Why do gas prices fluctuate?

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Why do gas prices fluctuate?

Rounding it up

  • Gas prices are controlled by a complex series of global and local factors.

  • Overall, gas prices are determined by the laws of supply and demand.

  • Short-term factors that affect gas prices include things like major global events, financial markets, and seasonal consumer trends.

  • Long-term factors that affect fuel prices include national and local fuel taxes, regional transportation costs, and inflation.

9 min read

Gaby Pilson
#Gas prices#electric vehicles#crude oil#economics

Have you ever noticed that gas prices seem to change every time you fill up your tank?

If so, you’re not alone.

Fluctuating gas prices are a frustrating part of being a car owner. Some days, you can walk away from the pump feeling like you just got a great deal while other days, you might feel like you just spent your entire weekly budget filling up the tank.

So, what gives? Why do gas prices go up and down all the time?

The simple answer is supply and demand. But there’s a whole lot more that goes into determining gas prices than an increase in the number of people that want to take road trips.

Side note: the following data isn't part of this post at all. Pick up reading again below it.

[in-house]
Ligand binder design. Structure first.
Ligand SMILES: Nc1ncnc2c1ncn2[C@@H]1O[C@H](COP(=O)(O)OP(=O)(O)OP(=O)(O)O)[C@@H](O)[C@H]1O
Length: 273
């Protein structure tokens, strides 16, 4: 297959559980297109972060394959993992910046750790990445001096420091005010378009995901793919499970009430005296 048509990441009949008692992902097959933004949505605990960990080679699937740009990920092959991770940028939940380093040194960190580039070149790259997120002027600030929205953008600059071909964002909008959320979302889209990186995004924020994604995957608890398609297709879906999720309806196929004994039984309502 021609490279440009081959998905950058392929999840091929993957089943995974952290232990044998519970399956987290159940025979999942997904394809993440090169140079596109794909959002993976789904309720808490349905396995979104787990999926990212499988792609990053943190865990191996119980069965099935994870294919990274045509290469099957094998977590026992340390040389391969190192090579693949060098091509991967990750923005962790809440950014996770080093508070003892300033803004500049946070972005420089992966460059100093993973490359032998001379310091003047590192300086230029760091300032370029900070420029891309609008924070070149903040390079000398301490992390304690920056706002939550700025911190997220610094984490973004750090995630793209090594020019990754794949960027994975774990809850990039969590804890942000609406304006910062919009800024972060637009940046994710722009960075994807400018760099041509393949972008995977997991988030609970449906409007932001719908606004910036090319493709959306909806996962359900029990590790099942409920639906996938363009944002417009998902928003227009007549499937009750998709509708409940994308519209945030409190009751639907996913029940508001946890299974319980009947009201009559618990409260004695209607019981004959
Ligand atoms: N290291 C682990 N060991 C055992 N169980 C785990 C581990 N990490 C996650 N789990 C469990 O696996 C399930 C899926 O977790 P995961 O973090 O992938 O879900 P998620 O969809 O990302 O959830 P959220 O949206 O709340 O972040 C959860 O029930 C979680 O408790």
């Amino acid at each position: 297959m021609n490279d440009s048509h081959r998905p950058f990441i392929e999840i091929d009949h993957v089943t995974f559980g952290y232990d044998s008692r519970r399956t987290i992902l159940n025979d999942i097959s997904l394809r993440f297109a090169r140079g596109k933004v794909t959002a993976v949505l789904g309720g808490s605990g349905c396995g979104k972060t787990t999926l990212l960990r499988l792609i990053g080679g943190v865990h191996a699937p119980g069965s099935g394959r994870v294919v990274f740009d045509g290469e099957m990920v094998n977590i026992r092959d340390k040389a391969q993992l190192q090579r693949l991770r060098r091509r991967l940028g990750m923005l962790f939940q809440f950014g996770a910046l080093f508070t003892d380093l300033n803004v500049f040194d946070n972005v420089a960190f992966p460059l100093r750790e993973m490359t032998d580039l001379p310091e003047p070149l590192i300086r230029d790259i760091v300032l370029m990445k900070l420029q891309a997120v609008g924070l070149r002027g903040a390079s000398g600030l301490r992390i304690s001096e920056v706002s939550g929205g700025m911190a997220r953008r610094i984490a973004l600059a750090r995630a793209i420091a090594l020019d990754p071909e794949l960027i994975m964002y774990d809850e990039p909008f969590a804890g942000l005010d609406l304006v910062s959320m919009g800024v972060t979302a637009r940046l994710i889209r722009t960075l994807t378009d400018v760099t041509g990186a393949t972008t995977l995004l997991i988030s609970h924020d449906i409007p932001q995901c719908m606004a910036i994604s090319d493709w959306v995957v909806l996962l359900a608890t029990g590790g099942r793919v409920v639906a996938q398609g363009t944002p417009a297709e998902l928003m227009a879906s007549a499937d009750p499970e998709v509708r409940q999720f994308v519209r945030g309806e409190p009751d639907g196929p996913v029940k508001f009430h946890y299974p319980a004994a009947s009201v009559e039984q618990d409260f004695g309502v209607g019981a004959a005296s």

In this article, we’ll take a look at the many factors that affect gas prices. We’ll discuss what factors have a short-term impact on the price of fuel in Canada and which ones dictate oil’s long-term cost. By the end, you’ll be an expert in all things petrol pricing.

Why do gas prices fluctuate: the basics

There are many reasons why the price of gas changes all the time. But, gas is a commodity, and like all other commodities, its price is ultimately dictated by one thing: supply and demand.

Simply put, when more people want to buy gas (an increase in demand), the price tends to go up—especially when supply is limited. If fewer people want to buy gas (a decrease in demand), the price tends to go down—especially when there’s an excess in the supply.

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We saw a perfect example of this supply and demand at the start of the COVID-19 pandemic. All of sudden, millions of people across Canada and the US were told to stay home and not travel. This led to a sharp decrease in the overall demand for gas in North America, sending fuel prices plummeting.

However, gas is a very complex commodity and the simple laws of supply and demand, while very important, don’t tell the whole story.

In fact, supply and demand are ultimately what dictates the trend in gas prices or, in other words, whether they go up or down. But there are dozens of other factors that determine the price that you’ll pay at the pump.

We can roughly divide these up into short-term and long-term impacts on gas prices. Some of these factors certainly fall in between the short-term and long-term; but, for simplicity’s sake, we’ll use this framework to understand what impacts fuel prices. Let’s get to it.

Short-term impacts on gas prices